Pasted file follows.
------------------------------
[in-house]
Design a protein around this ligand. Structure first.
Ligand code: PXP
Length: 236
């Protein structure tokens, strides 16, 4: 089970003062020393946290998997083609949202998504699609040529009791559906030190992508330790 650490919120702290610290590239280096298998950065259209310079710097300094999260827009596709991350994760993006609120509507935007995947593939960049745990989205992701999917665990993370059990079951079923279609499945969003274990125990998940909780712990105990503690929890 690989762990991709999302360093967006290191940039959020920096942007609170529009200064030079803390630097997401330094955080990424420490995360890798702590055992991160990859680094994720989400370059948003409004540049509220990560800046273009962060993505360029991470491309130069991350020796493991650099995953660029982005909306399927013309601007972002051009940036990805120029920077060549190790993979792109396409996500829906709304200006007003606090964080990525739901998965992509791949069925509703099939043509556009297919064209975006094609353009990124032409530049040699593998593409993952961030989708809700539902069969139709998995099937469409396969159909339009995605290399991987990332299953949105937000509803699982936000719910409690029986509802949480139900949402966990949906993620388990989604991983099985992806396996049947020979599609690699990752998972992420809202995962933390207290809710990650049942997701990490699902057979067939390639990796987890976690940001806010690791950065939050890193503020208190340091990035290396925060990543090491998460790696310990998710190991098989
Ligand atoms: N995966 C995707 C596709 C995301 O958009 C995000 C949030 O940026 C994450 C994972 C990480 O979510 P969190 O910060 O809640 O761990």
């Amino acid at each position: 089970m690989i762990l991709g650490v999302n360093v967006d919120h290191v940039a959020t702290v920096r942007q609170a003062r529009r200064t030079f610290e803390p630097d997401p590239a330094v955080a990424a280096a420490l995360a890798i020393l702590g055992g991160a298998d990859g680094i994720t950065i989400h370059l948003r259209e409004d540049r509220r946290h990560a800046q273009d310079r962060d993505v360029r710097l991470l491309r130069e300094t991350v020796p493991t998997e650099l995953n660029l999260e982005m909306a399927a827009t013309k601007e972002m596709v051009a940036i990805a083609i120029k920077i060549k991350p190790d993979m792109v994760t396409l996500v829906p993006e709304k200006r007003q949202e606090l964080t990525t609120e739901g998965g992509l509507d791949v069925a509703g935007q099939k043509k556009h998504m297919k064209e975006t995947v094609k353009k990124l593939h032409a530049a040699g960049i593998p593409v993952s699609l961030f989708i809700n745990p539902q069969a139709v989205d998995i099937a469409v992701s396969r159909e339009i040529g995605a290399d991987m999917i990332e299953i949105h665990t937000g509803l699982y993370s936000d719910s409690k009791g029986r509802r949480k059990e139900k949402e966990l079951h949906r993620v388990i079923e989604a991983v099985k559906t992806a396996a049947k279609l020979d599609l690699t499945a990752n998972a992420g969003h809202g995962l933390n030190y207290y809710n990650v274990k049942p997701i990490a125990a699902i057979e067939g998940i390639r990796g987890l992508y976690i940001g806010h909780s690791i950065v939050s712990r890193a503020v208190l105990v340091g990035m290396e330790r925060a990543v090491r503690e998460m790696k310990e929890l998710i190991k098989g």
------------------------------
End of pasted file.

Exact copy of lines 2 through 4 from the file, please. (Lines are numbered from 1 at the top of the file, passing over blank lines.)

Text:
Design a protein around this ligand. Structure first.
Ligand code: PXP
Length: 236